Not enough community association boards make effective use of committees. Committees can be very useful when it comes to providing recommendations to the board and assisting the board with carrying out its duties and responsibilities. However, many associations do not take the time to establish committees or set parameters for their work so that committees may assist in the operation of the association.
Setting up committees is the responsibility of an association’s board of directors. The board must appoint the members of each committee at a properly noticed board meeting, during which the directors should provide instructions and set parameters for the scope of the committees’ responsibilities.
One of the best approaches is for boards of directors to use their annual meetings to establish various committees, appoint committee members and establish areas of purview for each. Each committee should have at least three members.
With the exception of the rules enforcement committee, board members may also serve as members on committees. Many associations choose to have a board member on each committee along with two non-director volunteers, as this enables the board member to keep their fellow directors abreast of the committee’s work and progress.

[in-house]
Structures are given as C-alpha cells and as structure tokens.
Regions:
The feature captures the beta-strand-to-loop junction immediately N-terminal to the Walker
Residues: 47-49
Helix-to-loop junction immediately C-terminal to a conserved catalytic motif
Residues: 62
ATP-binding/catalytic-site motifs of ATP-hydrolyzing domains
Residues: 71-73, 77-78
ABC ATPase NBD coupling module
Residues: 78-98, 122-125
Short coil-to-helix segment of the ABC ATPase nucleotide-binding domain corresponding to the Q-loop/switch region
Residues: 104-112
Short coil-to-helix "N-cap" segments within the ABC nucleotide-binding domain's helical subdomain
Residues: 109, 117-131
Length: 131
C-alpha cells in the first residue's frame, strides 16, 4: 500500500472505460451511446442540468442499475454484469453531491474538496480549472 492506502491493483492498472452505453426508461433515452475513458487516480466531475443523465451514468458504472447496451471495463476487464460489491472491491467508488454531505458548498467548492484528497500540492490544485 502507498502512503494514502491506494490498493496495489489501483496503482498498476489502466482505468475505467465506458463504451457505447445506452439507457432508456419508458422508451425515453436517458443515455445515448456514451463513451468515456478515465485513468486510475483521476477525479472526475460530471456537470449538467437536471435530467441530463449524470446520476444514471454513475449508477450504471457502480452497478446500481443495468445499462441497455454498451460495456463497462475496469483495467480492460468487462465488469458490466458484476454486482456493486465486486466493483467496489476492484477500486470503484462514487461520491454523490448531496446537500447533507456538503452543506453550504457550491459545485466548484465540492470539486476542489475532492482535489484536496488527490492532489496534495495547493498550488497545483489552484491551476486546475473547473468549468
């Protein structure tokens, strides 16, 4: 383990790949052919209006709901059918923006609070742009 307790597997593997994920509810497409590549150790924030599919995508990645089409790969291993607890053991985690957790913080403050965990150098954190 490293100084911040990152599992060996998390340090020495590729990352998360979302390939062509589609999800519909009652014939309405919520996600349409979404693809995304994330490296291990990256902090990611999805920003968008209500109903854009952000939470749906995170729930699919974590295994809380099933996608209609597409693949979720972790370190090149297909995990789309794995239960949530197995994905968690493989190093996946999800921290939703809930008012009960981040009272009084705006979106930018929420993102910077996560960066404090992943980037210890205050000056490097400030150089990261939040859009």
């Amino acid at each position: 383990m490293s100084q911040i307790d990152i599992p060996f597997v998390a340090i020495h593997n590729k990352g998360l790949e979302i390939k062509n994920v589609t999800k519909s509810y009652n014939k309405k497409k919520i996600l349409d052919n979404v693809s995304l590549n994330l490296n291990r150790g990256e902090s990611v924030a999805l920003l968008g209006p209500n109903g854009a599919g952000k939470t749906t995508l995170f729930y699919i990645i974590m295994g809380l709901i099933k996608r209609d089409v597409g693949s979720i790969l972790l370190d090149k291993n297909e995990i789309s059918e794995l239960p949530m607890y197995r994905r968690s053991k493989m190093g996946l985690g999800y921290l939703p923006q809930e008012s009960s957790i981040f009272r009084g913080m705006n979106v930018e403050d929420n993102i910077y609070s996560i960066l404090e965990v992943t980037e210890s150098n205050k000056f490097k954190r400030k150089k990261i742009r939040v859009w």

The only committee that is required by law for Florida community associations is the rules enforcement committee, which is also often referred to as the fining, violation or grievance committee. Associations that wish to levy fines and impose the suspension of use rights for violations must utilize such a committee to do so. Per Florida law, this committee cannot be comprised of board members or spouses or relatives of board members in order to maintain its independence from the board.
Fines or suspensions may only be imposed after the association provides at least 14-days written notice to the owner, occupant, licensee or invitee to be fined or suspended, and they must be provided an opportunity for a hearing before the rules enforcement committee. During these hearings, the committee should hear and evaluate the alleged violator’s side of the story behind the underlying fine. The hearing should be closed to all members except for the alleged violator and the corresponding unit owner, should the violator be their tenant. At its conclusion, the committee members should vote on whether to confirm or reject the fine or suspension levied by the board, which requires a majority vote to be imposed.
The other most common types of committees are the budget committee, which assists the board with creating the annual budget, and the architectural review committee, which is typically charged with reviewing any requests for construction, improvements or alterations taking place on association property or within a unit or exterior of a lot.
By utilizing committees and ensuring that they are staffed by dedicated volunteers, associations can facilitate their operations while also avoiding overburdening board members with too many issues and responsibilities. When first establishing committees, boards of directors would be well advised to consult with highly qualified association legal counsel regarding their creation and setting forth the scope of their responsibilities.